Decades ago, doctors finished their medical training, hung up their shingle and started practicing medicine. Today, there are many practice arrangements available, from hospital-employed to partnerships to solo practice. Doctors can get paid salaries or incentive bonuses or fee for service. However, according to the AMA, the trend for doctors staying in private practices has been steadily declining. In 2018, an estimated 54% of doctors were working in their own practices. That number dropped to 49% in 2020. While no statistics are available for 2022, many doctors further left private practice due to the strain the COVID-19 pandemic placed on them.

Why Are Doctors Choosing to Leave Private Practice?

  • Declining Reimbursements. In the past, doctors were able to negotiate their fees with insurance companies and reach a compromise that both parties found acceptable. This is no longer true; Insurance companies dictate what is a reasonable fee to pay, and as a doctor, you have to accept it if you want to be contracted with that insurance company. Additionally, they can change their fees whenever they want, as long as they provide you notice. Typically, when this happens, the fees are set lower. Most of us in private practice haven’t seen a fee increase in more than a decade. Yet, the cost of living continues to rise. Additionally, insurance companies can preemptively decide to drop doctors from their panels for no apparent reason. They’ve been known to do this without notifying the doctor or patients.
  • Increased Regulatory Burden. During the past several years, doctors have been asked to do more to remain compliant with new regulations, from meaningful use to quality incentive programs. All these regulations come with mounds of metrics reporting and data collection (previously known as paperwork). While our reimbursements are declining, a portion of what we get paid is being tied to these metrics. We are doing much more meaningless (yes, doctors would rather be spending the extra time treating patients) work for less money.
  • Insurance Company Hassles. These days, most insurance companies require prior-authorizations for many services. Doctors and their staff are the ones tasked with doing this additional work, often with unsatisfactory results. Doctors have to prove, beyond a shadow of a doubt, that a patient needs a given service in order for the insurance company to approve it. Doctors no longer get to order the tests and medications they think the patient needs. Insurance companies will tell you that they are not practicing medicine, merely making coverage determinations. However, when medical care is unaffordable for patients, they are preventing patients from getting the services they need. So, yes, they are making medical decisions and often delaying diagnosis and treatment. They will tell you that you can appeal their decision, but they will then tell you to wait 90 days for a response. To further complicate matters, generic medications are no longer routinely covered. Many of them, such as asthma inhalers and insulin, now need prior authorizations. Dealing with these hassles alone can make many doctors want to quit. We’re not able to afford staff just to deal with prior authorizations.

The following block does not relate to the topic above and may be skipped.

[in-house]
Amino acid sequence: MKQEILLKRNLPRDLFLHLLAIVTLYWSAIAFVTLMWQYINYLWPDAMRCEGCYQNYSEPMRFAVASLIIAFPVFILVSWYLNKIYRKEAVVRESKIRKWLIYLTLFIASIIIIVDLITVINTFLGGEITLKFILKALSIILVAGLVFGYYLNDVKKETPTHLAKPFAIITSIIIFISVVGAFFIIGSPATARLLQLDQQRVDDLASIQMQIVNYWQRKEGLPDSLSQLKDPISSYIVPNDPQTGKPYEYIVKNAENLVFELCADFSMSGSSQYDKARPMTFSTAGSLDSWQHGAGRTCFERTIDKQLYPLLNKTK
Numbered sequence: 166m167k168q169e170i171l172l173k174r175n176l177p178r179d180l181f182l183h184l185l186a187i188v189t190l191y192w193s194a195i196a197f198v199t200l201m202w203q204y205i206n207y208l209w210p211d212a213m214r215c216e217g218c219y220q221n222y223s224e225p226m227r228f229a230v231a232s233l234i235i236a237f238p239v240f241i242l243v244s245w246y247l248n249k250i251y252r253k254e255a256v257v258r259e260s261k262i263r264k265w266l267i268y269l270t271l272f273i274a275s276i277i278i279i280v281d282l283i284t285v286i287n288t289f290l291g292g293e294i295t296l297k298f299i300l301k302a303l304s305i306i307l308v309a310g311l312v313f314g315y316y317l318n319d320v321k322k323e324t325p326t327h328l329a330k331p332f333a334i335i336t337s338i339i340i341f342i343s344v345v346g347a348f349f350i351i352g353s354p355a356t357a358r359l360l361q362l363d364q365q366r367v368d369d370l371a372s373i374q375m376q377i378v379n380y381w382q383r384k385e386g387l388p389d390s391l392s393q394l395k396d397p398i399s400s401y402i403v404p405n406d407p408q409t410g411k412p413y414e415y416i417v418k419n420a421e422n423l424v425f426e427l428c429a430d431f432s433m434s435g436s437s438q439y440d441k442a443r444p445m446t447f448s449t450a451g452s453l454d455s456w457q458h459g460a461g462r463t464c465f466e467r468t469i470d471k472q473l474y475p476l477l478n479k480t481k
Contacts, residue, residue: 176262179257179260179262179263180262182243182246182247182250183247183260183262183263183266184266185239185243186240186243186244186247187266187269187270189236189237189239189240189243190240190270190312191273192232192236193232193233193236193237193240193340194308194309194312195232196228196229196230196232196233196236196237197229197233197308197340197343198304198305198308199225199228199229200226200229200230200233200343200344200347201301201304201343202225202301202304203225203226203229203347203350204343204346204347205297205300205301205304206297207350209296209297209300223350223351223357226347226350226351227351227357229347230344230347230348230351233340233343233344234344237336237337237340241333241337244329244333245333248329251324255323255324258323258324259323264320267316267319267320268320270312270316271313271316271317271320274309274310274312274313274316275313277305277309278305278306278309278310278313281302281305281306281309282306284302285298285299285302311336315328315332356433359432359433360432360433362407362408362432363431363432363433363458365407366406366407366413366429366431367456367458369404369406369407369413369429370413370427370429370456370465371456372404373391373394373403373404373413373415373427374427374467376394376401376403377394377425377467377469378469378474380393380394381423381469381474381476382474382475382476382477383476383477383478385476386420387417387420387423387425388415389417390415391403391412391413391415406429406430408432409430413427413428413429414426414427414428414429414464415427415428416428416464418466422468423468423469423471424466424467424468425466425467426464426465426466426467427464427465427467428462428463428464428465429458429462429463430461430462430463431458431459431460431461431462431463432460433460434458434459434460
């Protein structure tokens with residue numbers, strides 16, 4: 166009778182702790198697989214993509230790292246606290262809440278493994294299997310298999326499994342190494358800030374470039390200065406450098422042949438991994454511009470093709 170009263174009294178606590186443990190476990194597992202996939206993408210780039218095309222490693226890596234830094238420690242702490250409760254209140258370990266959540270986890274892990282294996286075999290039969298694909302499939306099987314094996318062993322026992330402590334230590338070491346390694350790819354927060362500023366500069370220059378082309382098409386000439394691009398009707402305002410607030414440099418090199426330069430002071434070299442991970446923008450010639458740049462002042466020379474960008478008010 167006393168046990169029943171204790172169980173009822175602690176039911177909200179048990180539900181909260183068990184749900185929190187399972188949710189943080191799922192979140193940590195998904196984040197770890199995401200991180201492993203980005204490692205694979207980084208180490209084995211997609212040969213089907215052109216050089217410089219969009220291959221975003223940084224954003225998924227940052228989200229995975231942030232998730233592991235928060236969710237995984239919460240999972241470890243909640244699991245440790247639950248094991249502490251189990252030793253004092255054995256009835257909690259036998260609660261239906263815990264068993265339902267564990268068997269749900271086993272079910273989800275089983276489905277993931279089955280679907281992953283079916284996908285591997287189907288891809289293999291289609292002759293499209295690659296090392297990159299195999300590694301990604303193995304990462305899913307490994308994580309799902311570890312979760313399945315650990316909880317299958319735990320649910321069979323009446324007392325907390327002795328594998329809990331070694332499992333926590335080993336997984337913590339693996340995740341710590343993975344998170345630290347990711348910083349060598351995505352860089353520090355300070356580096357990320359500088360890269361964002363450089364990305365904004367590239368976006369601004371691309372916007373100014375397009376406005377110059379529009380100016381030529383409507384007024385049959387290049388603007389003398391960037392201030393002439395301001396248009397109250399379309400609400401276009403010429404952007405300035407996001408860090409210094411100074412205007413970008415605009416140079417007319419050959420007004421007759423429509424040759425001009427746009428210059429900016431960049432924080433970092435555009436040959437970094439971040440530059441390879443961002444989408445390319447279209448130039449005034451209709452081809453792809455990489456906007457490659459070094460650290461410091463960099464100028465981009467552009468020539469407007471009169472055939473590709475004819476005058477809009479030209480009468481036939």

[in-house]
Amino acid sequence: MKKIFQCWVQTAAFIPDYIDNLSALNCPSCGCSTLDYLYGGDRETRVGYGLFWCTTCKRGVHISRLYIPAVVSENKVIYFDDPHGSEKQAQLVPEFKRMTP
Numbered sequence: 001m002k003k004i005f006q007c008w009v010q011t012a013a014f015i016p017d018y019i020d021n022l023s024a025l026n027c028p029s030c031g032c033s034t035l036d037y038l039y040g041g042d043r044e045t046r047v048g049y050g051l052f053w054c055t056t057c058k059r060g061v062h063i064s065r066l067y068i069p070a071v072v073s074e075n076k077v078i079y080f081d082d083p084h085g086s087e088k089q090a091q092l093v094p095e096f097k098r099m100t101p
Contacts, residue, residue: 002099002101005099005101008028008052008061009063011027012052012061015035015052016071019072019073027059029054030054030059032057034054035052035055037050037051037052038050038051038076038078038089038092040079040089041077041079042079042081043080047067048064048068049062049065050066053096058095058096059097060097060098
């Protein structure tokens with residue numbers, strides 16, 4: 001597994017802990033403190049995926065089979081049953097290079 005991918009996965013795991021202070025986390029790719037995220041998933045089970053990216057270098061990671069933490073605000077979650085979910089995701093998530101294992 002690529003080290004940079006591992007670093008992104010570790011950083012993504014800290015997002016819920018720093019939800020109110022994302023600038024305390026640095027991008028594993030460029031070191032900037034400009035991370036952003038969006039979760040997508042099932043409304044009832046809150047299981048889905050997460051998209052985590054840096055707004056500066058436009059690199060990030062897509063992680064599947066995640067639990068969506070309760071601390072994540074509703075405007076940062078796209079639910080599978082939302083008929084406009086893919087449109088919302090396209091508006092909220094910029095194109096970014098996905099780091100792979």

• Losing Staff to the Competition. Doctors in private practice cannot afford to offer our staff the same salary and benefits as a large organization or hospital. We lose many good employees to these places. This is one of the biggest struggles in running a practice: finding and retaining good staff. Thinking of someone else taking over the burden can entice many to rethink their practice model.
  • More Complicated Patients. The population is aging, and as people live longer, they do so with more chronic medical conditions. While this by itself is not a problem—because we’re there to take care of these medical issues—it requires more time in the exam room. We don’t have this time, because we need to keep our businesses afloat. In order to do so, we must have a positive income stream, adhere to government and insurance company regulations, and fill out the endless flow of FMLA forms that are now coming in due to COVID-19 and long-COVID. We need to do more and more in less and less time. It just doesn’t work.
  • The COVID-19 Pandemic. Those of us in private practice were pretty much on our own as the pandemic hit. I know two outpatient doctors in my area who died early in the pandemic due to COVID-19. We had no one telling us guidelines of how to protect ourselves. We don’t have negative pressure rooms or appropriate PPE like they do in many hospitals. We just did our best. Despite that, many patients died and others were scared to be seen in the practice. Our volume went down for a while. And when the patients did start coming back, we had to keep them physically distanced and sanitize everything between patients. We had to cut down how many patients we treat for these reasons. And as said above, we need volume to pay our bills. Of course, there is always telemedicine, some will counter. However, telemedicine visits aren’t reimbursed at the same rate as in-person visits and then you have to either lay off your staff who will look for jobs elsewhere or keep paying them from money that is not coming in.

There are many reasons doctors are choosing to leave private practice. In the short-term, it may be a good thing. Doctors are burned out like never before and having someone taking over the administrative burden may help. However, I fear what will happen to the healthcare system when insurance companies have free reign and hospitals/large organizations are making guidelines for patient care. No one will care for patients like a solo doctor will. My patients are like my family. I care that they all live and are healthy. Will a hospital CEO? Or will they become just a number? Private practice may be in the decline, but we never needed caring people more.